Exploring Puerto Rico’s Seamounts, Trenches, & Troughs





The Tectonic Setting and Geology of Puerto Rico and Its Surrounding Seafloor

Figure 1. Bathymetry of the northeast corner of the Caribbean Plate showing the major faults and plate boundaries; view looking south-west. The main bathymetric features of this area include: the Lesser Antilles volcanic arc, the old inactive volcanic arc of the Greater Antilles (Virgin Islands, Puerto Rico and Hispaniola), the Muertos Trough and the Puerto Rico Trench formed at the plate boundary zone between the Caribbean and obliquely subducting North American Plates. Vertical exaggeration is 5:1. Bathymetry data generated using the Global Multi-Resolution Topography (GMRT) synthesis in GeoMapApp.

Figure 1. Bathymetry of the northeast corner of the Caribbean Plate showing the major faults and plate boundaries; view looking south-west. The main bathymetric features of this area include: the Lesser Antilles volcanic arc; the old inactive volcanic arc of the Greater Antilles (Virgin Islands, Puerto Rico, and Hispaniola); the Muertos Trough; and the Puerto Rico Trench formed at the plate boundary zone between the Caribbean and obliquely subducting North American Plates. Vertical exaggeration is 5:1. Bathymetry data generated using the Global Multi-Resolution Topography (GMRT) synthesis in GeoMapApp. Download high-resolution version (462 kb).

Michael Cheadle
University of Wyoming

The island of Puerto Rico lies in a dynamic plate-boundary zone between two tectonic plates: the North American plate and the northeast corner of the Caribbean plate (Figure 1). The region is very seismically active with an average of five earthquakes (including aftershocks) with a magnitude greater than 1.5 occurring near Puerto Rico every day during the last 12 months (March 2014-March 2015). Although the vast majority of these earthquakes are too small to be felt by people, these earthquakes provide evidence that the North American plate is moving westward relative to the Caribbean plate at about two centimeters/year.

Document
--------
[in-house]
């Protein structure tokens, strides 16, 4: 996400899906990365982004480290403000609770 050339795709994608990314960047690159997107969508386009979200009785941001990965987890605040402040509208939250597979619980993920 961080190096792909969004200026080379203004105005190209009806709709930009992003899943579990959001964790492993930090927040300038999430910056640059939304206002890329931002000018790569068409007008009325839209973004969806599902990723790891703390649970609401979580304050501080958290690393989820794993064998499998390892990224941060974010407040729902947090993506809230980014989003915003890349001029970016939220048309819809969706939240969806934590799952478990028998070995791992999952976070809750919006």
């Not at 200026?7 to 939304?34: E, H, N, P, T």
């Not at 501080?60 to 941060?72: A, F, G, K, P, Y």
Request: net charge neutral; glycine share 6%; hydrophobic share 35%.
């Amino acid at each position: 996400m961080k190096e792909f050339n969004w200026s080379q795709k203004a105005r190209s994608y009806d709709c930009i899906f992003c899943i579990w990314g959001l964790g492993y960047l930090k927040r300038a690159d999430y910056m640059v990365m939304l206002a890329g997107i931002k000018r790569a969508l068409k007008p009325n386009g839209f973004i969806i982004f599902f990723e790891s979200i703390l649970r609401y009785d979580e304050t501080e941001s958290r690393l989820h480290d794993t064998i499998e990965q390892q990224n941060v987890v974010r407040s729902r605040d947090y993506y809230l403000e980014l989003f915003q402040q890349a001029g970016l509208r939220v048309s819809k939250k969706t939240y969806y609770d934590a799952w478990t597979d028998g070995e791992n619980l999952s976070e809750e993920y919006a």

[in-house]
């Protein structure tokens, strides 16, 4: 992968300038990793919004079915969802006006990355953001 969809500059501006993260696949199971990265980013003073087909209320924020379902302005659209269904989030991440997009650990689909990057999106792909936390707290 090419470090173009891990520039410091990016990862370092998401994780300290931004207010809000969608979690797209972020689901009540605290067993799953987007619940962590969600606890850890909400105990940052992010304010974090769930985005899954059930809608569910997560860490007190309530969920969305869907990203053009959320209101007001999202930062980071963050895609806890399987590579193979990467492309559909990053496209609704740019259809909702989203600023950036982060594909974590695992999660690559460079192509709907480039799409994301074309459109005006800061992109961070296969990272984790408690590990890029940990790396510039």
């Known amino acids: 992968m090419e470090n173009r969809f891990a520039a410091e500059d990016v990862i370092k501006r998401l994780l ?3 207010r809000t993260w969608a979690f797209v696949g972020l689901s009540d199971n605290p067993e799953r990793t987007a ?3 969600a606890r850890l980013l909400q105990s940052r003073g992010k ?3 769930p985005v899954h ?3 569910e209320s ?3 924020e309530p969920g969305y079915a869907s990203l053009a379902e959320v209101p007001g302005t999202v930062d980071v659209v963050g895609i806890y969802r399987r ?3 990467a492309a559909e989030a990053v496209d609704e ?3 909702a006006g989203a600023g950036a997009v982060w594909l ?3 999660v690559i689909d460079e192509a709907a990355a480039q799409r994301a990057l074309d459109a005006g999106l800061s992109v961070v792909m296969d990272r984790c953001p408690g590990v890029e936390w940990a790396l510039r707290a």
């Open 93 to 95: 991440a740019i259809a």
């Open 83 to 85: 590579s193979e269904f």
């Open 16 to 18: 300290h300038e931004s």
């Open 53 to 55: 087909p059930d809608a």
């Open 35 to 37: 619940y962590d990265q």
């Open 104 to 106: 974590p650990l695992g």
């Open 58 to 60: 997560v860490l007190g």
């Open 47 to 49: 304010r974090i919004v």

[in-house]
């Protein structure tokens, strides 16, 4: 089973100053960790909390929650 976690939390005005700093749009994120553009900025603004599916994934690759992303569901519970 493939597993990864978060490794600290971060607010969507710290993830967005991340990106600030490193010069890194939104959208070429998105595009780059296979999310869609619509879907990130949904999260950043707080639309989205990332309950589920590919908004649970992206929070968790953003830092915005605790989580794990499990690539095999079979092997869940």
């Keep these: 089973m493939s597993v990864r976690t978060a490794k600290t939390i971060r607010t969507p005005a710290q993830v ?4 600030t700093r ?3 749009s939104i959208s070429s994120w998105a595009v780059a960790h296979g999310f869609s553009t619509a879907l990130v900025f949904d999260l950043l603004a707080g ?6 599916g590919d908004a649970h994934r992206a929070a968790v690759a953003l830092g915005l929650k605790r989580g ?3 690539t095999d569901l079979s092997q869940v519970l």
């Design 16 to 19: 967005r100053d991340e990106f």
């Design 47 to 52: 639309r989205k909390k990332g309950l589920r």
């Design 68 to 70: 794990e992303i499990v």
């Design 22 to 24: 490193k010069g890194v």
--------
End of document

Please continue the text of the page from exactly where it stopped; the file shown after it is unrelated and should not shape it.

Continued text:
Figure 2 Cross section view looking west showing how the Puerto Rico Trench forms between the obliquely subducting North American Plate and the overriding Caribbean Plate. Bathymetry data generated using the Global Multi-Resolution Topography (GMRT) synthesis in GeoMapApp.

Figure 2. Cross section view looking west showing how the Puerto Rico Trench forms between the obliquely subducting North American Plate and the overriding Caribbean Plate. Bathymetry data generated using the Global Multi-Resolution Topography (GMRT) synthesis in GeoMapApp. Click image for credit and larger view.

The northern boundary of the Caribbean plate is sub-parallel to the relative direction of motion of the two plates, so that the plates mostly slide past each other. However, the motion is slightly oblique to the plate boundary (see the arrow in Figure 1) and the North American plate is partially converging with the Caribbean plate and being obliquely subducted beneath Puerto Rico (Figure 2).

In contrast, the eastern boundary of the Caribbean is approximately perpendicular to the relative motion of the North American plate (Figure 1) and so here, the North American plate is being pushed down beneath the Caribbean plate and subducted into the mantle, creating the active volcanic island arc of the Lesser Antilles.

 

Tectonic History of Puerto Rico

Puerto Rico itself is a now-extinct volcanic island-arc terrane which started to grow approximately 190 million years ago. The island began life as an active volcano, formed by melting of the mantle as the Pacific plate subducted below the west coast of South America at about the present-day latitude of the Peru-Ecuador border. Beginning approximately 80 million years ago, the island-arc was rafted northward and then eastward as the North and South American plates pushed westward around the newly forming Caribbean plate.